88. Editorial Note

On January 19, 1972, George Willis sent Under Secretary Volcker a paper entitled “Alternative Possibilities for Coordinating Balance of Payments Improvement,” setting forth conclusions reached at a January 17 meeting in Volcker’s office. The paper noted that several departments and agencies had responsibilities in the balance-of-payments area, and concluded they could best be coordinated by a Cabinet-level committee chaired by the Treasury Department. In Willis’ first scenario, a Cabinet Committee on the Balance of Payments would replace the Council on International Economic Policy. Other alternatives were also put forward. (Washington National Records Center, Department of the Treasury, Files of Under Secretary Volcker: FRC 56 79 15, BOP—General)

On January 20 former NSC Staff member C. Fred Bergsten, in his capacity as Visiting Fellow of the Council on Foreign Relations and Guest Scholar at the Brookings Institution, wrote Henry Kissinger to express his concern that if Peter Peterson left the White House, the [Page 218]Treasury Department, under Connally, would seek to monopolize the international economic policy decisionmaking process, making it more difficult for Kissinger to “find handles.” (National Archives, Nixon Presidential Materials, NSC Files, Subject Files, Box 309, Brookings Institution) On January 27 President Nixon announced Commerce Secretary Stans’ resignation and his intent to nominate Peterson as Secretary of Commerce. (Public Papers of the Presidents of the United States: Richard M. Nixon, 1972, pages 107-109) Peter Flanigan was named to replace Peterson in the White House.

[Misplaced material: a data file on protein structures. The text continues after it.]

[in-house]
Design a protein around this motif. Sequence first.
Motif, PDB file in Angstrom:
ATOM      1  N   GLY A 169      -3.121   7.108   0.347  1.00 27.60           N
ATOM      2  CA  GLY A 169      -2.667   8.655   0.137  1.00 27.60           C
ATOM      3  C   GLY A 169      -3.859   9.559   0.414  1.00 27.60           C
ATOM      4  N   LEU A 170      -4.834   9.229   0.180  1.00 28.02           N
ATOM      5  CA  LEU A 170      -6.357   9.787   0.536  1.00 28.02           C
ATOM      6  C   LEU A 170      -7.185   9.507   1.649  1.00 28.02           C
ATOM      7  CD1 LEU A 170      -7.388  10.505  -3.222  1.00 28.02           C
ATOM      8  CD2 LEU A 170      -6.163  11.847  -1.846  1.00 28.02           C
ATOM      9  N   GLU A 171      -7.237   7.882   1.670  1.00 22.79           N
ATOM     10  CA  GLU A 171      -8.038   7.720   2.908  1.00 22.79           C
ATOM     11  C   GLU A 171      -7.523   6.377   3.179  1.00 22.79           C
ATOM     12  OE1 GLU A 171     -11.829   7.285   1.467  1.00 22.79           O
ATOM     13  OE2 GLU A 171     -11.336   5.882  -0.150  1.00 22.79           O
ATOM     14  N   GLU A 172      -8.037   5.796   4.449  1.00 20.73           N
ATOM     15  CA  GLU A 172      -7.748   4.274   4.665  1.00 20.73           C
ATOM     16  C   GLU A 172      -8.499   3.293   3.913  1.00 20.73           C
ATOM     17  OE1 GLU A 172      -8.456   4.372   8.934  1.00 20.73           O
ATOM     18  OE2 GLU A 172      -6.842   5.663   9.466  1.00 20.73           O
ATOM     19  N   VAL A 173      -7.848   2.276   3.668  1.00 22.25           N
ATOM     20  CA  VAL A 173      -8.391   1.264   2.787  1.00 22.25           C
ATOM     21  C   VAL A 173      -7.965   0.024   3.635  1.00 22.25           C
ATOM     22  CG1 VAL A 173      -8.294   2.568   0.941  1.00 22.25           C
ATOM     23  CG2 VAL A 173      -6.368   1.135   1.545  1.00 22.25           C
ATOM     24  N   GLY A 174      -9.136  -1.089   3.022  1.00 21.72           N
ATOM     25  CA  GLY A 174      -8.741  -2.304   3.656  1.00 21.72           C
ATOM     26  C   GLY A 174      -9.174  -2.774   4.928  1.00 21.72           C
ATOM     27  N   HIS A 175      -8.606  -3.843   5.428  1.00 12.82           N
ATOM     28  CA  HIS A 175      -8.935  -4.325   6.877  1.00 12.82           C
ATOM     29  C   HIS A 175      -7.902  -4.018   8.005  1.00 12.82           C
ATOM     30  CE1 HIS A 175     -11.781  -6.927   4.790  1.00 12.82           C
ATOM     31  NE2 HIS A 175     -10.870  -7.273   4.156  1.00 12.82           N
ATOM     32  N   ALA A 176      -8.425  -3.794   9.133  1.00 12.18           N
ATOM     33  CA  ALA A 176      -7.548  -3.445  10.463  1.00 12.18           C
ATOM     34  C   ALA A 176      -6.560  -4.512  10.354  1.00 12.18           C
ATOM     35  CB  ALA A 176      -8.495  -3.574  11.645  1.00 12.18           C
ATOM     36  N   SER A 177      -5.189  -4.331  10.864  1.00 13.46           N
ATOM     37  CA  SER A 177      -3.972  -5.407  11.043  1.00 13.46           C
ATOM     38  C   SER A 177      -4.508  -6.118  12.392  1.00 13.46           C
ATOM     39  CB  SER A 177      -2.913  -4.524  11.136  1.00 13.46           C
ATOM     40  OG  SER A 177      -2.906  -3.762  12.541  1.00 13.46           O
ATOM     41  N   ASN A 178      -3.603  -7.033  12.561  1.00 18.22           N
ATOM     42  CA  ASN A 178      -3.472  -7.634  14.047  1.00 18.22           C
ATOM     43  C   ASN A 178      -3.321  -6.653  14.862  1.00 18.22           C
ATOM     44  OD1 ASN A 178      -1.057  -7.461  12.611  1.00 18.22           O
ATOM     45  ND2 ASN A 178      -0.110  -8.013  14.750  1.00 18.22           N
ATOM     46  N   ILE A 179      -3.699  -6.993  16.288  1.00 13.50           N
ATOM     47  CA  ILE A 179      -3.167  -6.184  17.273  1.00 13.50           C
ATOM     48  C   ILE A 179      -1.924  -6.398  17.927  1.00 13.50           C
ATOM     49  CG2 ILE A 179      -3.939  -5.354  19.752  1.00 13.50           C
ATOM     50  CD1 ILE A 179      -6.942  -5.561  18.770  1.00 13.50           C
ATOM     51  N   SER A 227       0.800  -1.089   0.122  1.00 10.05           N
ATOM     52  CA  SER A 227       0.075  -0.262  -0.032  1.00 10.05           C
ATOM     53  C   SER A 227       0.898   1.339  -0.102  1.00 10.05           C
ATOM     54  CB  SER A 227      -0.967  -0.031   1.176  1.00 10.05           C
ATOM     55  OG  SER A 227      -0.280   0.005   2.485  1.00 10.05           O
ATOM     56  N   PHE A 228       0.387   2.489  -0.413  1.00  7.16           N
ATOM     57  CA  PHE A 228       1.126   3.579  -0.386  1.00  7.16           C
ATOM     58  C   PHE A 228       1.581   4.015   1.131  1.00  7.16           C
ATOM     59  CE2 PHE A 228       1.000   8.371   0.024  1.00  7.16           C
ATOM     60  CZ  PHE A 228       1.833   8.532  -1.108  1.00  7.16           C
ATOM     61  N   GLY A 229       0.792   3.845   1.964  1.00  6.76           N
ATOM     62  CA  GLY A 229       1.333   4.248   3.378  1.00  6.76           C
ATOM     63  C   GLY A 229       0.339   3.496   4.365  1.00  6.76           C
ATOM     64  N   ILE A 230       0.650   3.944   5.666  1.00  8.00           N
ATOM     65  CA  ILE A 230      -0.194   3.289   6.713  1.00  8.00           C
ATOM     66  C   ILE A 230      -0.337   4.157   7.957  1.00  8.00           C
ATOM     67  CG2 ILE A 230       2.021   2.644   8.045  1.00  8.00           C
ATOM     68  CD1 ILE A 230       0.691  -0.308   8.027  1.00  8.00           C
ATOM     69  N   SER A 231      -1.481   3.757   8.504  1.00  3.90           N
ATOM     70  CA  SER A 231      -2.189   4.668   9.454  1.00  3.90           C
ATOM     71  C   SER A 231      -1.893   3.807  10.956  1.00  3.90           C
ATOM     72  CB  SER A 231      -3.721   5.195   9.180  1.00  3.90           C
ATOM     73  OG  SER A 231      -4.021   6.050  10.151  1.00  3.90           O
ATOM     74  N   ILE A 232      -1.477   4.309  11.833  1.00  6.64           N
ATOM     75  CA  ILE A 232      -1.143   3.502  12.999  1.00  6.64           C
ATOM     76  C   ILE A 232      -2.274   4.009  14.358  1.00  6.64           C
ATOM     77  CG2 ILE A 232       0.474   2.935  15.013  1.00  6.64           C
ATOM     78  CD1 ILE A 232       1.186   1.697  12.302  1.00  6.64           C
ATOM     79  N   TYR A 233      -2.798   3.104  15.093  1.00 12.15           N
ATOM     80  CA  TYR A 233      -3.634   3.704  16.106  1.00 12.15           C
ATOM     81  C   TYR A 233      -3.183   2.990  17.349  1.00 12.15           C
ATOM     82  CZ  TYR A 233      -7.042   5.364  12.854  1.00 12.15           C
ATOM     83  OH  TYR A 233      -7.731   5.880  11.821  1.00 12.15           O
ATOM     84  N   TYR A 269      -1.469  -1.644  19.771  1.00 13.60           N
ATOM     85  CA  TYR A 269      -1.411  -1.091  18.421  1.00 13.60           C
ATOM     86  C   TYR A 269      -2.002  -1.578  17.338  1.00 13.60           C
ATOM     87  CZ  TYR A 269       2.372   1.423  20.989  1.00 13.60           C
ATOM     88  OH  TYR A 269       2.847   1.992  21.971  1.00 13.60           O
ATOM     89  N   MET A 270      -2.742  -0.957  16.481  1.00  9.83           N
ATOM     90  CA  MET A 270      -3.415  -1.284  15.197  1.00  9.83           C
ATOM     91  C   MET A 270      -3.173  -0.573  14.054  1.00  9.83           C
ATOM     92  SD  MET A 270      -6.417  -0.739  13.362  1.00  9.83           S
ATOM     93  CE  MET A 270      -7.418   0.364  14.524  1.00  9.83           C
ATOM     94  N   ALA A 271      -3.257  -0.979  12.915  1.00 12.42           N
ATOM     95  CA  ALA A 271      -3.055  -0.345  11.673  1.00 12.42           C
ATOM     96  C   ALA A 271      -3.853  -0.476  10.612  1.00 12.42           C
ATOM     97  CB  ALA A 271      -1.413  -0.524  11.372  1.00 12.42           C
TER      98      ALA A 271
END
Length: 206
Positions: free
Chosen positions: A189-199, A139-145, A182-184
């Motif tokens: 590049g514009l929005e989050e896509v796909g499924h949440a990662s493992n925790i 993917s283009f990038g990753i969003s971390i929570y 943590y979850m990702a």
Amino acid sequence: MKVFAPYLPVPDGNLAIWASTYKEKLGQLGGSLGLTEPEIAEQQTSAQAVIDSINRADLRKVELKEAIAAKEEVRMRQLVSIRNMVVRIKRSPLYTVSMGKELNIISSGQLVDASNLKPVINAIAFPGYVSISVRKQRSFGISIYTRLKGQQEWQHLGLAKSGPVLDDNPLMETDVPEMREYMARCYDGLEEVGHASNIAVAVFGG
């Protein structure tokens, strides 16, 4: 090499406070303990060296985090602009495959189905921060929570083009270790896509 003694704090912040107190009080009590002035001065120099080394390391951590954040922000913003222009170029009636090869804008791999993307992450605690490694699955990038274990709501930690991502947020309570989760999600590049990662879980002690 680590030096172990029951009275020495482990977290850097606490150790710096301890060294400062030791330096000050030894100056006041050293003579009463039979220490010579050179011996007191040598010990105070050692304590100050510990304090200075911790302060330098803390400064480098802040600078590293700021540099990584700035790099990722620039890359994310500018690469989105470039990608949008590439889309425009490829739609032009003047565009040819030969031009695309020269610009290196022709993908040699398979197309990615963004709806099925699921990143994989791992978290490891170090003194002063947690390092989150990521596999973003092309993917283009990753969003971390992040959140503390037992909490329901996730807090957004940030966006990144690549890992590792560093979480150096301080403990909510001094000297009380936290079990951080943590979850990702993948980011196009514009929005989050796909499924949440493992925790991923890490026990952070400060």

On March 31 Michael Bradfield sent Under Secretary Volcker a draft memorandum to the President that set forth Secretary Connally’s proposal that the President add to Connally’s responsibilities for monetary and tax matters responsibility for overall trade policy as well. The reasoning was that monetary, trade, and tax matters were closely integrated, but international consideration of these issues was fragmented into separate jurisdictional compartments. Connally’s proposal was in lieu of legislation pending in Congress to give a broad statutory mandate to the CIEP. (Washington National Records Center, Department of the Treasury, Files of Under Secretary Volcker: FRC 56 79 15, PAV International Monetary Reform 1972) No record has been found that the proposal was forwarded to the President.